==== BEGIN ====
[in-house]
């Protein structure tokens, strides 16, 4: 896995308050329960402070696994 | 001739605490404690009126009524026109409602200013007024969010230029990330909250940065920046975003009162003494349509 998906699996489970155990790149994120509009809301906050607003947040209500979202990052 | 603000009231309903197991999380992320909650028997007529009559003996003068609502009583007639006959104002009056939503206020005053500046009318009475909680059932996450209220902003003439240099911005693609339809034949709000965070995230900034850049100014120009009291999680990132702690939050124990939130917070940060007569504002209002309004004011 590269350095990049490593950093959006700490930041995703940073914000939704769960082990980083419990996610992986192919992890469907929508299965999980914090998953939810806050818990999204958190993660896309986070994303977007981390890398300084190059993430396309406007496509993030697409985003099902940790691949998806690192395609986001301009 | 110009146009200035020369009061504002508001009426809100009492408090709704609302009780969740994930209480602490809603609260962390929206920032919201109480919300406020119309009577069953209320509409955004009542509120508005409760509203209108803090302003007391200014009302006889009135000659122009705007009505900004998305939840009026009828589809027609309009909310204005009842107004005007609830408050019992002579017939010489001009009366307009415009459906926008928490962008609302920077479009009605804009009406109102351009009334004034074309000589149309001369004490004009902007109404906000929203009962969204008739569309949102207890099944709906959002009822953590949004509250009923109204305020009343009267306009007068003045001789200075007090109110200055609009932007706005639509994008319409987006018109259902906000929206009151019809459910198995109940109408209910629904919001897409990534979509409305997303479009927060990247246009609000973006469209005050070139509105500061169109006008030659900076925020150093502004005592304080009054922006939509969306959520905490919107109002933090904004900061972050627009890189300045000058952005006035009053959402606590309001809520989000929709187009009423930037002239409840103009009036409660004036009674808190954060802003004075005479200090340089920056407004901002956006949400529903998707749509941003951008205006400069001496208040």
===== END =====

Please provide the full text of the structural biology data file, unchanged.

[in-house]
């Protein structure tokens, strides 16, 4: 896995308050329960402070696994 | 001739605490404690009126009524026109409602200013007024969010230029990330909250940065920046975003009162003494349509 998906699996489970155990790149994120509009809301906050607003947040209500979202990052 | 603000009231309903197991999380992320909650028997007529009559003996003068609502009583007639006959104002009056939503206020005053500046009318009475909680059932996450209220902003003439240099911005693609339809034949709000965070995230900034850049100014120009009291999680990132702690939050124990939130917070940060007569504002209002309004004011 590269350095990049490593950093959006700490930041995703940073914000939704769960082990980083419990996610992986192919992890469907929508299965999980914090998953939810806050818990999204958190993660896309986070994303977007981390890398300084190059993430396309406007496509993030697409985003099902940790691949998806690192395609986001301009 | 110009146009200035020369009061504002508001009426809100009492408090709704609302009780969740994930209480602490809603609260962390929206920032919201109480919300406020119309009577069953209320509409955004009542509120508005409760509203209108803090302003007391200014009302006889009135000659122009705007009505900004998305939840009026009828589809027609309009909310204005009842107004005007609830408050019992002579017939010489001009009366307009415009459906926008928490962008609302920077479009009605804009009406109102351009009334004034074309000589149309001369004490004009902007109404906000929203009962969204008739569309949102207890099944709906959002009822953590949004509250009923109204305020009343009267306009007068003045001789200075007090109110200055609009932007706005639509994008319409987006018109259902906000929206009151019809459910198995109940109408209910629904919001897409990534979509409305997303479009927060990247246009609000973006469209005050070139509105500061169109006008030659900076925020150093502004005592304080009054922006939509969306959520905490919107109002933090904004900061972050627009890189300045000058952005006035009053959402606590309001809520989000929709187009009423930037002239409840103009009036409660004036009674808190954060802003004075005479200090340089920056407004901002956006949400529903998707749509941003951008205006400069001496208040």